The first titanosaur eggs were found in the 1990s in Brazil. A great interest arose about it. Today, Argentine and Brazilian scientists studied the nesting process. The remains found date back to more than 80 million years ago. Their study explains what the titanosaur nests were like.
The finding occurred in Uberaba, a municipality in the state of Minas Gerais, southeastern Brazil. Although it was made in the 1990s, it is only now that certain answers are available. They were published in the journal Scientific Reports of the Nature Group.
The titanosaurs were “the group of dinosaurs with the largest species that inhabited the earth,” notes Agustín Martinelli. He is the Argentine Conicet researcher who participated in the study. Dinosaur eggs measure an average of 12 centimeters in diameter. Those found in Uberaba are up to 25 centimeters long.
Lucas Fiorelli is another Argentine expert. He says that “there is a physical and physiological limit to the size of the eggs. The titanosaurs would have been colonial and generalist in their reproductive aspects. They nested in herds in a huge area, building massive nests with dozens of eggs”.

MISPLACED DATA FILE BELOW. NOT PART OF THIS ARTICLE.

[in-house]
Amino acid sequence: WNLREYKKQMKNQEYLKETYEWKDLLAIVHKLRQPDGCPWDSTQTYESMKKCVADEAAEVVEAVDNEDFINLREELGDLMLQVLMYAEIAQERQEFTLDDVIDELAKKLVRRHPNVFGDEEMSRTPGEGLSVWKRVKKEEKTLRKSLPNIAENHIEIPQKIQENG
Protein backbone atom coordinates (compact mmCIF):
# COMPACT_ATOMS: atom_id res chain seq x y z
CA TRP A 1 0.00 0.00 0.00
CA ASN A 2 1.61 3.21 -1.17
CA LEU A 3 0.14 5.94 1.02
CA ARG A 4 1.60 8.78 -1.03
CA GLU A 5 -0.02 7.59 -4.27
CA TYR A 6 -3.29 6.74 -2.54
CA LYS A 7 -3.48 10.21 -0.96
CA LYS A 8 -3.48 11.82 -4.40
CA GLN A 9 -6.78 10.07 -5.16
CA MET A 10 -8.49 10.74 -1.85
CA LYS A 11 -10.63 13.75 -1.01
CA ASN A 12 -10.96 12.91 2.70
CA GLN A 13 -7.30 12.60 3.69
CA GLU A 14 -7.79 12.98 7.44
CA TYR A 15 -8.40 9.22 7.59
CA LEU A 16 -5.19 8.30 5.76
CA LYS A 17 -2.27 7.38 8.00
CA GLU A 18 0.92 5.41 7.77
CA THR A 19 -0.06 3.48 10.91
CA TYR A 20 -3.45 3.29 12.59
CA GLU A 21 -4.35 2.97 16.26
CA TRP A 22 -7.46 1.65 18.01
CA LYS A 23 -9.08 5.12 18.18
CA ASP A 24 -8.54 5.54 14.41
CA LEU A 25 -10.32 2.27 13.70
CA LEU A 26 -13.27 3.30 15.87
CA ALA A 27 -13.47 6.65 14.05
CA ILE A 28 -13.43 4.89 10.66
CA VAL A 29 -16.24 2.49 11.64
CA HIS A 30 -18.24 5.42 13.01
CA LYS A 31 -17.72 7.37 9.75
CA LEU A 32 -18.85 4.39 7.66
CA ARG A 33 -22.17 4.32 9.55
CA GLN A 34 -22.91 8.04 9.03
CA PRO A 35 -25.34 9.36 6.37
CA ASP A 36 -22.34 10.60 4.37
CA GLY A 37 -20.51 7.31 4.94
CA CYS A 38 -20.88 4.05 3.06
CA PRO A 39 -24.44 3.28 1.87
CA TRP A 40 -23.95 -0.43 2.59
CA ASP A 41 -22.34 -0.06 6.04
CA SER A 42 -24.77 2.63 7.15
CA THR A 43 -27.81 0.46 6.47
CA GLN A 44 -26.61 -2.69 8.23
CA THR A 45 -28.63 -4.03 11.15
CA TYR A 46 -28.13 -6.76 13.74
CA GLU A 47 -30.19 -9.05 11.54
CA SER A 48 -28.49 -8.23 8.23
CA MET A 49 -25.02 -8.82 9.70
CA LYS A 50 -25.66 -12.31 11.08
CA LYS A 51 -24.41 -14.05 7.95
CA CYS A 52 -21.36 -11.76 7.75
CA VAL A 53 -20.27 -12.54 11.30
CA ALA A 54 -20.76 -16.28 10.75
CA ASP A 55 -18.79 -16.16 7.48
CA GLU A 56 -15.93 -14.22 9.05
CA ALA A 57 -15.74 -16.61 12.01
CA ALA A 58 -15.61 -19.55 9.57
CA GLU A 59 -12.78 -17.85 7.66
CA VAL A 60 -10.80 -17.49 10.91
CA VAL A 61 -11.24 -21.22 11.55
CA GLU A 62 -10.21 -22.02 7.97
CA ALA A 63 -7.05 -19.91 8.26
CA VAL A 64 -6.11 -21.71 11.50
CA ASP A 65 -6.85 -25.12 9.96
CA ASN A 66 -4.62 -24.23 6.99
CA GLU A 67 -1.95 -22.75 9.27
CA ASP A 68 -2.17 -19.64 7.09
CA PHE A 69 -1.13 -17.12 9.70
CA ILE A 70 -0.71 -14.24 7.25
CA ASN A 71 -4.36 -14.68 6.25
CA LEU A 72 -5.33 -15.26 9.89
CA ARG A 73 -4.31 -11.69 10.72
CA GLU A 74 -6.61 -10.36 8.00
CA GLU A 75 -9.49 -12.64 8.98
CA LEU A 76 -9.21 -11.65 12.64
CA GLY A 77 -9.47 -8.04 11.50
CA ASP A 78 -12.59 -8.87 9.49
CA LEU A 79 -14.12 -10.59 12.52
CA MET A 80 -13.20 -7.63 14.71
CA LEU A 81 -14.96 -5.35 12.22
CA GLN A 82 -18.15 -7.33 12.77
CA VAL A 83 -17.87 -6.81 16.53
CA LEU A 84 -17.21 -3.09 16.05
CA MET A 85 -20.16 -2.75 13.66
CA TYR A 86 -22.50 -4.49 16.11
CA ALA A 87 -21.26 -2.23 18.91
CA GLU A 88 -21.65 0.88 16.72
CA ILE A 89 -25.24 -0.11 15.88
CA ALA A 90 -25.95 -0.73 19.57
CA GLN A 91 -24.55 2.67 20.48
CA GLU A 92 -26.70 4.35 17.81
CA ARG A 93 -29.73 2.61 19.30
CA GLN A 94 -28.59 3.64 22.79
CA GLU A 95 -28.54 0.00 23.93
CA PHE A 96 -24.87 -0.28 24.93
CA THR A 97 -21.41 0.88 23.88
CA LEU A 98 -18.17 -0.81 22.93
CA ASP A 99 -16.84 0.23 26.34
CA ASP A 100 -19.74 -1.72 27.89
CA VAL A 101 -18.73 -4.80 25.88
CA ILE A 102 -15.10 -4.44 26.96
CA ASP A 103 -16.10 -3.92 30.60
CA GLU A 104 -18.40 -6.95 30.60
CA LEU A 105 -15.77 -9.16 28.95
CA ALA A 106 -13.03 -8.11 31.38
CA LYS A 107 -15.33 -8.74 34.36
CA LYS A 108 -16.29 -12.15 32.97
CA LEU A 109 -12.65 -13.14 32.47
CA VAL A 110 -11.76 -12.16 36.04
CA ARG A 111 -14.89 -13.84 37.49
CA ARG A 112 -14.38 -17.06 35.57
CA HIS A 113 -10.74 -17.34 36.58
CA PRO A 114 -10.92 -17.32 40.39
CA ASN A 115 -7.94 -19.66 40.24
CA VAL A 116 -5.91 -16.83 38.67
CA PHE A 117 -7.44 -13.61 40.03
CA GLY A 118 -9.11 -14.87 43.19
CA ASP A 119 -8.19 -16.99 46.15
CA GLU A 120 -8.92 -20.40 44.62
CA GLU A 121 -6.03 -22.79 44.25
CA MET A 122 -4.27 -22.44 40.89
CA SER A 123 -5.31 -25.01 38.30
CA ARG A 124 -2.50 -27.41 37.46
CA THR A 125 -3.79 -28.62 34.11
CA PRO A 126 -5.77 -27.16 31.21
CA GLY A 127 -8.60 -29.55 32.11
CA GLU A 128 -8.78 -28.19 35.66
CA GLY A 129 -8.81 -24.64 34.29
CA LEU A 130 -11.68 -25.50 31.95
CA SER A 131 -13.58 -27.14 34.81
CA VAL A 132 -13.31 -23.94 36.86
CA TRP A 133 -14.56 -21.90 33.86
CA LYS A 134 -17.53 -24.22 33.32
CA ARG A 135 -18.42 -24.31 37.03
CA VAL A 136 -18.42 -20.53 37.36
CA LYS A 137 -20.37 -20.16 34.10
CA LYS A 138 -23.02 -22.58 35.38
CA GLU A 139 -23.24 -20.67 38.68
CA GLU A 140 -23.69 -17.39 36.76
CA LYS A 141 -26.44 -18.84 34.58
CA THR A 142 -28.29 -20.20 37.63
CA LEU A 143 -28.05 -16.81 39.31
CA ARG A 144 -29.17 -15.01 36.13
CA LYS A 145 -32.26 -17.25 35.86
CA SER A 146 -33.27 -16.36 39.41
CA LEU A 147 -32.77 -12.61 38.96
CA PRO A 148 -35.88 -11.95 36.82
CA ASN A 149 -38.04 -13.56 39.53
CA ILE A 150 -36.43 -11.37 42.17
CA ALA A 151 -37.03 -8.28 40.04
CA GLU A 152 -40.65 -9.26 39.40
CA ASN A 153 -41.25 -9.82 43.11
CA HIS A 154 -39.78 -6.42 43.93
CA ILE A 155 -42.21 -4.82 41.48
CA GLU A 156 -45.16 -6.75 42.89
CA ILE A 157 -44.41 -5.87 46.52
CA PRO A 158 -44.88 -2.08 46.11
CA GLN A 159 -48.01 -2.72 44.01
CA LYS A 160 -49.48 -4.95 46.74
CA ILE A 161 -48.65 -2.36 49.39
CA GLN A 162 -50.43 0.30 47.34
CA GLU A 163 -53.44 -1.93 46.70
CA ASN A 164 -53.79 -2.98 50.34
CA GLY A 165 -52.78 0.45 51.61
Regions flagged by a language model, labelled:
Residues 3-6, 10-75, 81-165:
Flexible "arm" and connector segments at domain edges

It is possible that, like sea turtles, they may have had philopatric behaviors. That is, returning to nest in the same places.
This herbivorous species inhabited all continents during the Cretaceous. In South America it was mainly in Argentina and Brazil. This is not the first time that the Uberaba area provides a key finding. In 1951 the first fossil corresponding to the Cretaceous stage was found. It corresponded to a spherical egg of a dinosaur. And it marked the beginning of archaeological research leading to hundreds of subsequent fossil finds.
Knowing what titanosaur nests looked like provides new insights into the knowledge of fossilized eggs. And it tells us about unknown behavioral traits in these dinosaurs.